So, you either just setup iSCSI or are having performance issues with your current iSCSI device. Here are some pointers to ensure "networking" is not the limiting factor:
1. Are my packets even making it to the iSCSI target?
Always check in XenCenter that your NICS responsible for storage are pointing to the correct target IPS. If they are, ensure you can ping these targets from within XenServer's command line:
If you cannot ping the target, that may be the issue.
Use the 'route' command to show if XenServer has a device and target to hit on the iSCSI target's subnet. If route shows nothing related to your iSCSI target IPs or takes a long time to show the target's IP/Route information, revisit your network configuration: working from the iSCSI device config, switch ports, and all the way up to the storage interface defined for your XenServer(s).
Odds are the packets are trying to route out via another interface or there is a cable mismatch/VLAN tag mismatch. Or, at worse, the network cable is bad!
2. Is your network really setup for Jumbo Frames?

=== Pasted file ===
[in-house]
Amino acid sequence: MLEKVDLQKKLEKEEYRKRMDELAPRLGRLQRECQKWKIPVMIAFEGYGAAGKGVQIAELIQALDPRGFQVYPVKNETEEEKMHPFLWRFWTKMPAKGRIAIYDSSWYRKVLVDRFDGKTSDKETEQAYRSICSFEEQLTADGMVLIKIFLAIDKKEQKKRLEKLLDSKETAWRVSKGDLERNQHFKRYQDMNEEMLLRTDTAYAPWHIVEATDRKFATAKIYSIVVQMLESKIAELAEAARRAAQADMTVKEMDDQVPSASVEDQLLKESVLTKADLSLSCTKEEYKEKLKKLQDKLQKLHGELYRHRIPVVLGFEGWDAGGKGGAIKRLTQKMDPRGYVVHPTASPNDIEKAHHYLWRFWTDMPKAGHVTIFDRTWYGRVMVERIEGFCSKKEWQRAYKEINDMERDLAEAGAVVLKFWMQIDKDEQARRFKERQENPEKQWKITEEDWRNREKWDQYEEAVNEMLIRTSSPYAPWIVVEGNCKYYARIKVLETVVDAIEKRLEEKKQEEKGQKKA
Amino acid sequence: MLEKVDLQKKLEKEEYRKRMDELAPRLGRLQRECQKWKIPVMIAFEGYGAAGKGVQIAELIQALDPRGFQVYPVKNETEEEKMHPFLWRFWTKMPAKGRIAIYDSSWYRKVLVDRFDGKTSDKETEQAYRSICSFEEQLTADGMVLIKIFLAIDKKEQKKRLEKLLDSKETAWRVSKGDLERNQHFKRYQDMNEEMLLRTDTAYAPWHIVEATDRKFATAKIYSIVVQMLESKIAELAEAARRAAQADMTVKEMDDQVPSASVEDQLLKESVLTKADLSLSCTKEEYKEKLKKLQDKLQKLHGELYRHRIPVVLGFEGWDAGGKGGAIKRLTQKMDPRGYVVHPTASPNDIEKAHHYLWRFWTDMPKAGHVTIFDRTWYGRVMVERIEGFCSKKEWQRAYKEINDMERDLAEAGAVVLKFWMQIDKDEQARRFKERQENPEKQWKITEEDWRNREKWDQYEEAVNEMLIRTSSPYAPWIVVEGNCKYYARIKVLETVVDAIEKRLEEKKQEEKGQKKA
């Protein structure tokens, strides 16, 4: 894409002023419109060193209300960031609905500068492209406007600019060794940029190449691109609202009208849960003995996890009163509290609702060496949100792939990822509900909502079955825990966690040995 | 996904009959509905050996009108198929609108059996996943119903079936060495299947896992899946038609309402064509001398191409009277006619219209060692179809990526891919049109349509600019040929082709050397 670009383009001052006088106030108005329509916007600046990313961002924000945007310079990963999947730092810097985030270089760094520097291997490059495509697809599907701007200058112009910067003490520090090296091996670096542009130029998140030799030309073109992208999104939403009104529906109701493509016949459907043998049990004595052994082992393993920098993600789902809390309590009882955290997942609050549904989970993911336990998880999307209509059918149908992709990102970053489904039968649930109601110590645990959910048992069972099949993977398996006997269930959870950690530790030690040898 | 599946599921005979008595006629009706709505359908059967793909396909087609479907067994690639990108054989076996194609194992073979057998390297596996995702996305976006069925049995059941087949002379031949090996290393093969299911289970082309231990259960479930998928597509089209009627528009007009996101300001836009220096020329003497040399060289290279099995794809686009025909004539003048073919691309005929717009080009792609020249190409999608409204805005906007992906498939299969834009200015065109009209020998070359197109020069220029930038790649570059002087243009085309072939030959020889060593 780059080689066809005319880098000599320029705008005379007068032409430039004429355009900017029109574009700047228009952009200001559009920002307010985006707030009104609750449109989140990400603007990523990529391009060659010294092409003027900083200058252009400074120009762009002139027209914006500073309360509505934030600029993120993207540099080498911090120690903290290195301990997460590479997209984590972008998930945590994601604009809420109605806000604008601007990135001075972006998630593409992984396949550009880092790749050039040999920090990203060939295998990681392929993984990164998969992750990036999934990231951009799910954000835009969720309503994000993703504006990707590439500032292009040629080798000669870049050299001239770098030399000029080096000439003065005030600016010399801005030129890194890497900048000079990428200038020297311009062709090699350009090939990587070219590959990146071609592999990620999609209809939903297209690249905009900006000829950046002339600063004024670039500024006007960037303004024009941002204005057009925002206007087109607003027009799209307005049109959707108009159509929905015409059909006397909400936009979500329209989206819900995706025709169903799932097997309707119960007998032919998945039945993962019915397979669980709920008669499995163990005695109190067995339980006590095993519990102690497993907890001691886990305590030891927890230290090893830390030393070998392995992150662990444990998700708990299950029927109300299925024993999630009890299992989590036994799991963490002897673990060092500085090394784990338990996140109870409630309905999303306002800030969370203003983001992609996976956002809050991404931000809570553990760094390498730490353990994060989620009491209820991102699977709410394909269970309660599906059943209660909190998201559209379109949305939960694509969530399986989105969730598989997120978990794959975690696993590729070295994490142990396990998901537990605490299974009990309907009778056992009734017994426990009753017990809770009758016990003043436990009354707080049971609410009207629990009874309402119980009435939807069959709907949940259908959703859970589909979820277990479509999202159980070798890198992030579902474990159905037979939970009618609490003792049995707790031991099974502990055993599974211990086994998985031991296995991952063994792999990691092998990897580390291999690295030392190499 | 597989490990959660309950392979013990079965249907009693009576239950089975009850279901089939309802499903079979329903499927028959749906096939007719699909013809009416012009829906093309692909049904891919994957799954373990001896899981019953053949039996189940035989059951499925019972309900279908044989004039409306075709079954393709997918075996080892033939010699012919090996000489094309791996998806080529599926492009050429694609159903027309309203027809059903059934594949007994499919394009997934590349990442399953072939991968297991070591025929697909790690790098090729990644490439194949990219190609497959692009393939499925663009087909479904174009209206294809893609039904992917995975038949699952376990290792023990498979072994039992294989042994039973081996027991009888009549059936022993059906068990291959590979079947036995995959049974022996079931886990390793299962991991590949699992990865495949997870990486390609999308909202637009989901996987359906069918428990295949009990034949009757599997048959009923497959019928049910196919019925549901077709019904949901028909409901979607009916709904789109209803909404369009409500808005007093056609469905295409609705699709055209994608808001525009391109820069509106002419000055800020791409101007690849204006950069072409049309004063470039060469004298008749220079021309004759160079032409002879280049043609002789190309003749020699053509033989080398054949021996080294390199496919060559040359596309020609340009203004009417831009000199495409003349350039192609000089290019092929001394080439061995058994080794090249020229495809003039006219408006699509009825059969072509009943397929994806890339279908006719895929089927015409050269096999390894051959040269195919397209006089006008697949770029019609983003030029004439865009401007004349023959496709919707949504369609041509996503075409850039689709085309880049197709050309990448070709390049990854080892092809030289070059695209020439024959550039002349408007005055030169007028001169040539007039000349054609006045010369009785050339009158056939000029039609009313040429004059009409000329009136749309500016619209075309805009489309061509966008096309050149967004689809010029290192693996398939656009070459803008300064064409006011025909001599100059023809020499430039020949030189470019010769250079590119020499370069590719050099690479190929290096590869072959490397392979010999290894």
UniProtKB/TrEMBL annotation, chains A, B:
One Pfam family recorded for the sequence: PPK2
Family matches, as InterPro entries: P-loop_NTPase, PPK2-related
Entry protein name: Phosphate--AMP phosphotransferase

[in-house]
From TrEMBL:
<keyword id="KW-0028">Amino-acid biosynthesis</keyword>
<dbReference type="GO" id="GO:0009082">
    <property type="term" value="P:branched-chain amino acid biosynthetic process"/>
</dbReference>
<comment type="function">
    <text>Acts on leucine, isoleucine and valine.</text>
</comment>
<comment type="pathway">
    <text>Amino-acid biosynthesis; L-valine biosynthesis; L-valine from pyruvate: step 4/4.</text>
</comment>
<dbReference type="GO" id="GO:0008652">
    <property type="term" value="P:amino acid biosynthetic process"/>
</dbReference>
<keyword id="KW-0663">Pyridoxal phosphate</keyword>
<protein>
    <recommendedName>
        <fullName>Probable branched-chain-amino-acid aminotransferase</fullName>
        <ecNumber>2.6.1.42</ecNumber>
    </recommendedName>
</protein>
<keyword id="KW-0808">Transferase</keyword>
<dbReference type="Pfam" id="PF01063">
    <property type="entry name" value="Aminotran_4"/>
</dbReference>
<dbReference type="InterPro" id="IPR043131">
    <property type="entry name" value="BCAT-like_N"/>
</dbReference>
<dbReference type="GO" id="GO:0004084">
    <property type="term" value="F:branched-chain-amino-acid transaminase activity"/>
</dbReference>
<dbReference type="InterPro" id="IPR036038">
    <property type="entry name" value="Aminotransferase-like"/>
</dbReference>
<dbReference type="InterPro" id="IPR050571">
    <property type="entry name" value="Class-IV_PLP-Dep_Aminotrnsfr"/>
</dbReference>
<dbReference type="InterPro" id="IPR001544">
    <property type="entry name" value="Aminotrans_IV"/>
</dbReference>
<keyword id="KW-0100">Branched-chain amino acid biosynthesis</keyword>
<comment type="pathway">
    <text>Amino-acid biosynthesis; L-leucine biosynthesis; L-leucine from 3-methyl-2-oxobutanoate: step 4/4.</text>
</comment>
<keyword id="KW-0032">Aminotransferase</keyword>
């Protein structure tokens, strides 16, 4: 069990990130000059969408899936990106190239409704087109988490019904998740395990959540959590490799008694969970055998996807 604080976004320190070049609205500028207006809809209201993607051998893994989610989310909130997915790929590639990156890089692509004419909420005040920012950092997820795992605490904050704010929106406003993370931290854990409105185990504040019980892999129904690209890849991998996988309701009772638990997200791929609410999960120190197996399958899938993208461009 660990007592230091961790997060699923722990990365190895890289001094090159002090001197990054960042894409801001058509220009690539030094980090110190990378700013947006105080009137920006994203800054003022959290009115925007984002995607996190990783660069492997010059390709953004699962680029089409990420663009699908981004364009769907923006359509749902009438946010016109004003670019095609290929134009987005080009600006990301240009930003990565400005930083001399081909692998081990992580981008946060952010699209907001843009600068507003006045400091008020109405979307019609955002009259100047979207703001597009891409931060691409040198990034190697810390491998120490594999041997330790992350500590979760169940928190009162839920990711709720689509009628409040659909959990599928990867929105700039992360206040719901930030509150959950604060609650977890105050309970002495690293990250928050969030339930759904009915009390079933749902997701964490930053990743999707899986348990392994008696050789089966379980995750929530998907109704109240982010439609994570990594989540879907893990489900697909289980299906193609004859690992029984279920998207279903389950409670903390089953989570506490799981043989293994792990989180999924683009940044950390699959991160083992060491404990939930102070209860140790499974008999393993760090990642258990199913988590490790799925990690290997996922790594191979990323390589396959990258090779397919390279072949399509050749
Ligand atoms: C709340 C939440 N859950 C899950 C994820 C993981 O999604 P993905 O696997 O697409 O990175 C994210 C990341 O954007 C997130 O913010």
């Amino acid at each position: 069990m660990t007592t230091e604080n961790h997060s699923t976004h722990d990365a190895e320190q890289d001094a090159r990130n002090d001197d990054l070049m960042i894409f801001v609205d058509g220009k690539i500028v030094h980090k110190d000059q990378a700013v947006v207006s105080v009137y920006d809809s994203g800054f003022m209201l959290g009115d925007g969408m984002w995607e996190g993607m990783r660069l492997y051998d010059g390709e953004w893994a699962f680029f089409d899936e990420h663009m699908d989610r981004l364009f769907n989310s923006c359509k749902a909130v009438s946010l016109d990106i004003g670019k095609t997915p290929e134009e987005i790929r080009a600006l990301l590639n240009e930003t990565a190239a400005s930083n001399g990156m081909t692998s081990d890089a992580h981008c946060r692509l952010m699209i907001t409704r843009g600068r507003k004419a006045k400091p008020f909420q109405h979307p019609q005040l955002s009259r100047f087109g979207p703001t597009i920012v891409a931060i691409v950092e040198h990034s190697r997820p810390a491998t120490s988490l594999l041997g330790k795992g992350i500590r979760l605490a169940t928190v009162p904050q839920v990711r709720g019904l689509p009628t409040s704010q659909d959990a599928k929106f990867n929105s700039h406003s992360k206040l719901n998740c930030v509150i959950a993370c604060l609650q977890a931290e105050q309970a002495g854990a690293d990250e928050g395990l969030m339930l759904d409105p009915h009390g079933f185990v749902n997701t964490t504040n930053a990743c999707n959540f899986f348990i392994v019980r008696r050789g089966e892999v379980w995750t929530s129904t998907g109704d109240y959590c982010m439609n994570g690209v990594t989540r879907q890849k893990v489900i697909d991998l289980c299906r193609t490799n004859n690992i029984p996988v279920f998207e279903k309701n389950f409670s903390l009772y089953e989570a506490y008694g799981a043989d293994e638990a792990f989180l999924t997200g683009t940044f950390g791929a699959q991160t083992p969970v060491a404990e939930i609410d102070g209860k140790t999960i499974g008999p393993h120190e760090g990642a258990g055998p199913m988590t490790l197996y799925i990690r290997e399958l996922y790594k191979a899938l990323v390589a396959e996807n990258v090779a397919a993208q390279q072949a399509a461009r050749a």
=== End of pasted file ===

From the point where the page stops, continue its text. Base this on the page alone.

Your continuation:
If you can ping our iSCSI targets, but Re having performance issues with Jumbo Frames (9000 or 4500 Mtu size, based on vendor) ensure your storage interface on XenServer is configured to leverage this Mtu size.
One can also execute a ping command to see if there is fragmentation or support enabled for the larger MTUs:
ping x.x.x.x -M do -s 8972
This tells XenServer to ping, without fragmenting frames, your iSCSI target with an Mtu of 9000 (the rest comes from the ping and other overhead, so use 8972).
If this return fragments or other errors, check the cabling from XenServer along with the switch settings AND iSCSI setup. Sometimes these attributes can be powered after firmware updates to the iSCSI enabled, managed storage devicd
3. Always make sure your network firmware and drivers are up to date!
And these are but three simple ways to isolate issues with iSCSI connectivity/performance. The rest, well, more to come...